The premise of getting rich by picking the right stocks can be downright intoxicating. The fact is, however, that most individual investors, as well as professionals, tend to underperform the broad market.
And the really active investors often see the worst results. The most active traders are believed to actually lose money, victims of misleading messages that this game is easy to play … and win.
If that's you, there's hope, because you don't have to pick individual stocks. You can buy and sell entire baskets of them within exchange-traded funds, or ETFs. Like traditional mutual funds, ETFs are inherently diversified by the dozens (if not hundreds) of different stocks held within them. Exchange-traded funds can be bought and sold like individual stocks, and best of all, every imaginable grouping of companies — index constituents, sectors, or even broad themes — are readily available in some flavor of exchange-traded fund. Here's a look at three top ETF prospects right now for anyone that's been burned by the never-ending hunt for the next hot stock.
Start with a piece of the entire market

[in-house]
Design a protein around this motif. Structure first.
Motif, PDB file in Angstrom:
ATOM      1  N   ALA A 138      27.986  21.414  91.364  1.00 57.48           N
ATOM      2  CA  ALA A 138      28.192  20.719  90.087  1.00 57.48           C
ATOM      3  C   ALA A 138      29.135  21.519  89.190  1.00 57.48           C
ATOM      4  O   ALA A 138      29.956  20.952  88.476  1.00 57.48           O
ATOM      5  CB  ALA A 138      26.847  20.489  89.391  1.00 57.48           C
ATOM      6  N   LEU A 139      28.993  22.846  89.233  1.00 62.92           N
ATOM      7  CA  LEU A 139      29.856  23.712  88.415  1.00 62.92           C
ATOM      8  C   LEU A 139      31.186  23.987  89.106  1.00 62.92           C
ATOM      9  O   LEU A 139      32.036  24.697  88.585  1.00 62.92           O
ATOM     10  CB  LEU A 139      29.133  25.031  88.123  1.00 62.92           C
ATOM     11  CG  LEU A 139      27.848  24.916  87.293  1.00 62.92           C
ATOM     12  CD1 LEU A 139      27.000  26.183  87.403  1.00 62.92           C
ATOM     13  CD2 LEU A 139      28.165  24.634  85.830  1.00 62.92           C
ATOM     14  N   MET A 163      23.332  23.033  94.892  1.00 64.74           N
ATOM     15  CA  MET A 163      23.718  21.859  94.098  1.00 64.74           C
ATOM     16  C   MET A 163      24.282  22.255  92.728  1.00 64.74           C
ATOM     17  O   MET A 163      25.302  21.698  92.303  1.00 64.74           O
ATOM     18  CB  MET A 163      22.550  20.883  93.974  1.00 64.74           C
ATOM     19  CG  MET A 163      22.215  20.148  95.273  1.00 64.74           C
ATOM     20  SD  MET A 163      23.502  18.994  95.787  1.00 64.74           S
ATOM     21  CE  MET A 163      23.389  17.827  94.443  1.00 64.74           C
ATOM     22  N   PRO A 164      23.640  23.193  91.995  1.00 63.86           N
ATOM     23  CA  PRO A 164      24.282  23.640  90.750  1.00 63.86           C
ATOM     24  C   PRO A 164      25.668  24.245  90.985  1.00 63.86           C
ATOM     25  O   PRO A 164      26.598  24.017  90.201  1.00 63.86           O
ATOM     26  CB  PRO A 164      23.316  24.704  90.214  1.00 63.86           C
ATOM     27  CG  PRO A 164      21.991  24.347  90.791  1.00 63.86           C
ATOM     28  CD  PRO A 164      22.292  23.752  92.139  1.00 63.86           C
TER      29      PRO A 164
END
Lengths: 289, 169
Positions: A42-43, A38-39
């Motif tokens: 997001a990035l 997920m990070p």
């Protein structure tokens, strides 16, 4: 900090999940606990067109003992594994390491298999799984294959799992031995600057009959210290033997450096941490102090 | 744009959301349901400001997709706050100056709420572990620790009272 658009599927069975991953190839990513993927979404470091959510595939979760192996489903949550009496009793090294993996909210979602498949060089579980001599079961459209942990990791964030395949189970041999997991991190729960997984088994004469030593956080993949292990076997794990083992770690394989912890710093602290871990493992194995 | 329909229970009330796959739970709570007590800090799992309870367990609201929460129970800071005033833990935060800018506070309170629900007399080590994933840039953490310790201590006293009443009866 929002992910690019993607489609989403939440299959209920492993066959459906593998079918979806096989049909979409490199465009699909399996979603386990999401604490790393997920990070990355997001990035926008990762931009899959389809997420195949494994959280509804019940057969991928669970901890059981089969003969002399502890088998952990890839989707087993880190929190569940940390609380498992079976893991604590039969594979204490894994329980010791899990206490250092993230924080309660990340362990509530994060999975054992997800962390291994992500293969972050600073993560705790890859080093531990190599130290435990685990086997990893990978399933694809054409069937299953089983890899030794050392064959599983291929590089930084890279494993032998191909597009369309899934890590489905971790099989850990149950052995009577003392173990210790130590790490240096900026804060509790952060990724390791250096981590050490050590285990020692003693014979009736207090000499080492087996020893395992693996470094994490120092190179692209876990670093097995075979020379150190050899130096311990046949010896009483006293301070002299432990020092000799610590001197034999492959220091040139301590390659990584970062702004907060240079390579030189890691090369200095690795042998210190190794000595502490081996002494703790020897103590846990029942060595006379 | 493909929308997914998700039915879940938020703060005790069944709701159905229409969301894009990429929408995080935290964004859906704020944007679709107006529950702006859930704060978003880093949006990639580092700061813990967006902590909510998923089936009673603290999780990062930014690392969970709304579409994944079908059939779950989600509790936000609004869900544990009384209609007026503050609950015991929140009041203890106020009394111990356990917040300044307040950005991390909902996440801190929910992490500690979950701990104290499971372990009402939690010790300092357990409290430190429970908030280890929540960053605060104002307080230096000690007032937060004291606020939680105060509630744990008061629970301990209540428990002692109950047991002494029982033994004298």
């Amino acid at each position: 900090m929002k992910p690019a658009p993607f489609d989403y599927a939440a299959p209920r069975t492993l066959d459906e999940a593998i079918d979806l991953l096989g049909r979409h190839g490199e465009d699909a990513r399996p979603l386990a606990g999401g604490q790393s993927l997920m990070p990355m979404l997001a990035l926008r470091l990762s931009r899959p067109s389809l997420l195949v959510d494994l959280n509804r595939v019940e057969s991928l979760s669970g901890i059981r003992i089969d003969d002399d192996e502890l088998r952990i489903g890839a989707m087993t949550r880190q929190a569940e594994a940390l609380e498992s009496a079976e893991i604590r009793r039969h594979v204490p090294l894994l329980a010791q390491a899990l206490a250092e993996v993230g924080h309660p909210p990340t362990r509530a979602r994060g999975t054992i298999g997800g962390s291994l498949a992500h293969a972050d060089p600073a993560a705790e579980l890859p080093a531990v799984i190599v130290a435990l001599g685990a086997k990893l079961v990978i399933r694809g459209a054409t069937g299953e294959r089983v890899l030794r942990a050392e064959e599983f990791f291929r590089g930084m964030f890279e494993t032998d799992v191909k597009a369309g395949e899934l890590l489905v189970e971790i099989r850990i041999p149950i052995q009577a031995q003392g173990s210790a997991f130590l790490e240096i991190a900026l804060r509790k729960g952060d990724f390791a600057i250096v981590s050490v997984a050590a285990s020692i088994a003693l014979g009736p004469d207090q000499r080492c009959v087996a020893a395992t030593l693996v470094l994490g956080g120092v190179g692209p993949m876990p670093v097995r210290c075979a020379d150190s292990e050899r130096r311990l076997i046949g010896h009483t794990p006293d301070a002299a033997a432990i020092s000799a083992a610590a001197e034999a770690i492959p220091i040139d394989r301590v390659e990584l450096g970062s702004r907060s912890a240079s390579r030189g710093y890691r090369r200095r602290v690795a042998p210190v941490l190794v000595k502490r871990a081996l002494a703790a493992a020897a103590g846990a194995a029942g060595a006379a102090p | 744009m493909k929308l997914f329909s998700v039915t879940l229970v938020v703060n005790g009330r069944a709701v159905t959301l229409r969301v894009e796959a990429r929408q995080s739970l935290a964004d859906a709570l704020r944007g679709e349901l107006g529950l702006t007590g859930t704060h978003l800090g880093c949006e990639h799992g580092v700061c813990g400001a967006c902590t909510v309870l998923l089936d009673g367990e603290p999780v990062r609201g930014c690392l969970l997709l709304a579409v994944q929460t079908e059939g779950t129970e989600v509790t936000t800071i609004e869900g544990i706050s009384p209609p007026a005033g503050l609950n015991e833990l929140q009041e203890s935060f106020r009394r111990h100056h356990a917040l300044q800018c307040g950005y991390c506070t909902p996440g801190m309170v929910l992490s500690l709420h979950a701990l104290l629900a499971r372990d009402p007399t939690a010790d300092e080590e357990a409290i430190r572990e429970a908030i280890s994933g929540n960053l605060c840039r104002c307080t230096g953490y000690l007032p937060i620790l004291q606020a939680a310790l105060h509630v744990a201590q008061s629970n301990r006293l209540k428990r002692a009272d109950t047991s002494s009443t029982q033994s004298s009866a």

It's not just obvious, it's downright cliche, but the best way to ensure you don't lag the overall market is to invest in the overall market (or at least most of the market), and you can do that with the help of an ETF like the SPDR S&P 500 ETF Trust (NYSEMKT: SPY).
The S&P 500 doesn't include every company traded within the United States, but stocks within the index are some of the country's biggest companies, accounting for around 80% of the nation's investable market cap. While there are some funds that let you invest in the entirety of the market, for most investors, an S&P 500-based mutual fund or ETF is the easiest and most accessible way to gain exposure to the broad market.
And statistically speaking, you're certainly better off making that choice. Standard & Poor's reports that over the course of the past five years, 75% of U.S. large-cap mutual funds underperformed the S&P 500. If you stretch that time frame out to 10- and 15-year periods, the average number of funds that trail the large-cap market's returns consistently swells to more than 90%. It's a testament to just how tough it is to trade individual stocks and deliver a market-beating performance.
Sure, it's possible you could be an exception to this norm by curating your own portfolio. Think about it though — these professional fund managers have tremendous resources at their disposal and do the job full-time, and they still underperform. The odds are even more stacked against a non-professional.
Do yourself a favor and at least start with a basic building block like the SPDR S&P 500 ETF Trust.
This forgotten sector is ready to shine
Starting with an index-based mutual fund or ETF doesn't mean you have to limit yourself to only broad-market positions. You can — and arguably should — spice things up with other strategies like sector-based ETFs, which are a great way plug into more cyclical trends.
One of the more compelling sector ETFs at this time is the Industrial Select Sector SPDR Fund (NYSEMKT: XLI).